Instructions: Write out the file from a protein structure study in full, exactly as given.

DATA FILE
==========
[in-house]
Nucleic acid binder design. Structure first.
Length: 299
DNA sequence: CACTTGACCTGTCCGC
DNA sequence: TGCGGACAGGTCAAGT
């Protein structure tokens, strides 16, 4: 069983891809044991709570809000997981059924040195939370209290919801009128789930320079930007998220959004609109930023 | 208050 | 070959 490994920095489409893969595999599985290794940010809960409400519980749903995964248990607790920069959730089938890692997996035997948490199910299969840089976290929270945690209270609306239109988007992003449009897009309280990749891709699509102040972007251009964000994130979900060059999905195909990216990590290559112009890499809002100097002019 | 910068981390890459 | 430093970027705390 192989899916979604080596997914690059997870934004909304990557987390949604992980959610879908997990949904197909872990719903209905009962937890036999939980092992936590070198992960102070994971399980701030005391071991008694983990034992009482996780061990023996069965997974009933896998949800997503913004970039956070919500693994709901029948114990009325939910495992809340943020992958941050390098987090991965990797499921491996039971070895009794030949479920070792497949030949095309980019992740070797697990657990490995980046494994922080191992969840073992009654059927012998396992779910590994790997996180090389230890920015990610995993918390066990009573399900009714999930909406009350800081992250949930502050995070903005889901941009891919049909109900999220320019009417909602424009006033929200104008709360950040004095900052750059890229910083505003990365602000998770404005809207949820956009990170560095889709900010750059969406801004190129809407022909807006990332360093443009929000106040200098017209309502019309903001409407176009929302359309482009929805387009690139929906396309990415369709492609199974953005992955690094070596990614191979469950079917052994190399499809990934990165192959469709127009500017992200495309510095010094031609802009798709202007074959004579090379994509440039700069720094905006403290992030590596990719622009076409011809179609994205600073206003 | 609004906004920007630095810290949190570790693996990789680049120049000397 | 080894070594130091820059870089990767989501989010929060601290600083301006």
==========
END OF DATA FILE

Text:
[in-house]
Nucleic acid binder design. Structure first.
Length: 299
DNA sequence: CACTTGACCTGTCCGC
DNA sequence: TGCGGACAGGTCAAGT
């Protein structure tokens, strides 16, 4: 069983891809044991709570809000997981059924040195939370209290919801009128789930320079930007998220959004609109930023 | 208050 | 070959 490994920095489409893969595999599985290794940010809960409400519980749903995964248990607790920069959730089938890692997996035997948490199910299969840089976290929270945690209270609306239109988007992003449009897009309280990749891709699509102040972007251009964000994130979900060059999905195909990216990590290559112009890499809002100097002019 | 910068981390890459 | 430093970027705390 192989899916979604080596997914690059997870934004909304990557987390949604992980959610879908997990949904197909872990719903209905009962937890036999939980092992936590070198992960102070994971399980701030005391071991008694983990034992009482996780061990023996069965997974009933896998949800997503913004970039956070919500693994709901029948114990009325939910495992809340943020992958941050390098987090991965990797499921491996039971070895009794030949479920070792497949030949095309980019992740070797697990657990490995980046494994922080191992969840073992009654059927012998396992779910590994790997996180090389230890920015990610995993918390066990009573399900009714999930909406009350800081992250949930502050995070903005889901941009891919049909109900999220320019009417909602424009006033929200104008709360950040004095900052750059890229910083505003990365602000998770404005809207949820956009990170560095889709900010750059969406801004190129809407022909807006990332360093443009929000106040200098017209309502019309903001409407176009929302359309482009929805387009690139929906396309990415369709492609199974953005992955690094070596990614191979469950079917052994190399499809990934990165192959469709127009500017992200495309510095010094031609802009798709202007074959004579090379994509440039700069720094905006403290992030590596990719622009076409011809179609994205600073206003 | 609004906004920007630095810290949190570790693996990789680049120049000397 | 080894070594130091820059870089990767989501989010929060601290600083301006």